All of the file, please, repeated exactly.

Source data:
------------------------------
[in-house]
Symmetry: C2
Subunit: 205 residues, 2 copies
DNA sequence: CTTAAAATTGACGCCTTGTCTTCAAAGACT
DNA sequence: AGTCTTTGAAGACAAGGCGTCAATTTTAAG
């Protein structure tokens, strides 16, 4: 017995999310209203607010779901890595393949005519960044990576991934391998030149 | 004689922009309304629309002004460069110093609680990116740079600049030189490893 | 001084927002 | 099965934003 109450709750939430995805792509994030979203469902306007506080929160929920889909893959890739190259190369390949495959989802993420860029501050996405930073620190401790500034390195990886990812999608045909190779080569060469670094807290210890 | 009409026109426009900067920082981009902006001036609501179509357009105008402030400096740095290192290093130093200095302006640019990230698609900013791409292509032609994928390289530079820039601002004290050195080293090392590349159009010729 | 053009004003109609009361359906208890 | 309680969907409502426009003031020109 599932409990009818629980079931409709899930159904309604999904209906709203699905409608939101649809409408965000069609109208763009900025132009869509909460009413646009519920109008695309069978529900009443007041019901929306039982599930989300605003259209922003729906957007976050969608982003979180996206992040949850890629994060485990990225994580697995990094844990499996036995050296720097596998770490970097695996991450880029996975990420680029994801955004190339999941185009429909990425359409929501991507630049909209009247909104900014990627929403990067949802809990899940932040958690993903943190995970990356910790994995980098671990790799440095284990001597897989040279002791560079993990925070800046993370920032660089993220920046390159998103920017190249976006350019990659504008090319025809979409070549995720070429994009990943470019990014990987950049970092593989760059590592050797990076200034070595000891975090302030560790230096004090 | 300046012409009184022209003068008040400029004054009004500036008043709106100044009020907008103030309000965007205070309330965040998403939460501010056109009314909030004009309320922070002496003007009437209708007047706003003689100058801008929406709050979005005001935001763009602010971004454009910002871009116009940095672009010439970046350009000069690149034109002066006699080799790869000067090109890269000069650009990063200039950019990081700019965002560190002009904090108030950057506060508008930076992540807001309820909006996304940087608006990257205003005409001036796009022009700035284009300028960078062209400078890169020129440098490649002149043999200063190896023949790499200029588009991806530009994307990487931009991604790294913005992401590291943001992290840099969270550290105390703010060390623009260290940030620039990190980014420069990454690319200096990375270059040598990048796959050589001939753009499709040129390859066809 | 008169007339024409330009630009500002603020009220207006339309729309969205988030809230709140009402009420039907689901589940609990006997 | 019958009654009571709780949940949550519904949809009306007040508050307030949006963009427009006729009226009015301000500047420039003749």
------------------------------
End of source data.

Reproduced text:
[in-house]
Symmetry: C2
Subunit: 205 residues, 2 copies
DNA sequence: CTTAAAATTGACGCCTTGTCTTCAAAGACT
DNA sequence: AGTCTTTGAAGACAAGGCGTCAATTTTAAG
């Protein structure tokens, strides 16, 4: 017995999310209203607010779901890595393949005519960044990576991934391998030149 | 004689922009309304629309002004460069110093609680990116740079600049030189490893 | 001084927002 | 099965934003 109450709750939430995805792509994030979203469902306007506080929160929920889909893959890739190259190369390949495959989802993420860029501050996405930073620190401790500034390195990886990812999608045909190779080569060469670094807290210890 | 009409026109426009900067920082981009902006001036609501179509357009105008402030400096740095290192290093130093200095302006640019990230698609900013791409292509032609994928390289530079820039601002004290050195080293090392590349159009010729 | 053009004003109609009361359906208890 | 309680969907409502426009003031020109 599932409990009818629980079931409709899930159904309604999904209906709203699905409608939101649809409408965000069609109208763009900025132009869509909460009413646009519920109008695309069978529900009443007041019901929306039982599930989300605003259209922003729906957007976050969608982003979180996206992040949850890629994060485990990225994580697995990094844990499996036995050296720097596998770490970097695996991450880029996975990420680029994801955004190339999941185009429909990425359409929501991507630049909209009247909104900014990627929403990067949802809990899940932040958690993903943190995970990356910790994995980098671990790799440095284990001597897989040279002791560079993990925070800046993370920032660089993220920046390159998103920017190249976006350019990659504008090319025809979409070549995720070429994009990943470019990014990987950049970092593989760059590592050797990076200034070595000891975090302030560790230096004090 | 300046012409009184022209003068008040400029004054009004500036008043709106100044009020907008103030309000965007205070309330965040998403939460501010056109009314909030004009309320922070002496003007009437209708007047706003003689100058801008929406709050979005005001935001763009602010971004454009910002871009116009940095672009010439970046350009000069690149034109002066006699080799790869000067090109890269000069650009990063200039950019990081700019965002560190002009904090108030950057506060508008930076992540807001309820909006996304940087608006990257205003005409001036796009022009700035284009300028960078062209400078890169020129440098490649002149043999200063190896023949790499200029588009991806530009994307990487931009991604790294913005992401590291943001992290840099969270550290105390703010060390623009260290940030620039990190980014420069990454690319200096990375270059040598990048796959050589001939753009499709040129390859066809 | 008169007339024409330009630009500002603020009220207006339309729309969205988030809230709140009402009420039907689901589940609990006997 | 019958009654009571709780949940949550519904949809009306007040508050307030949006963009427009006729009226009015301000500047420039003749």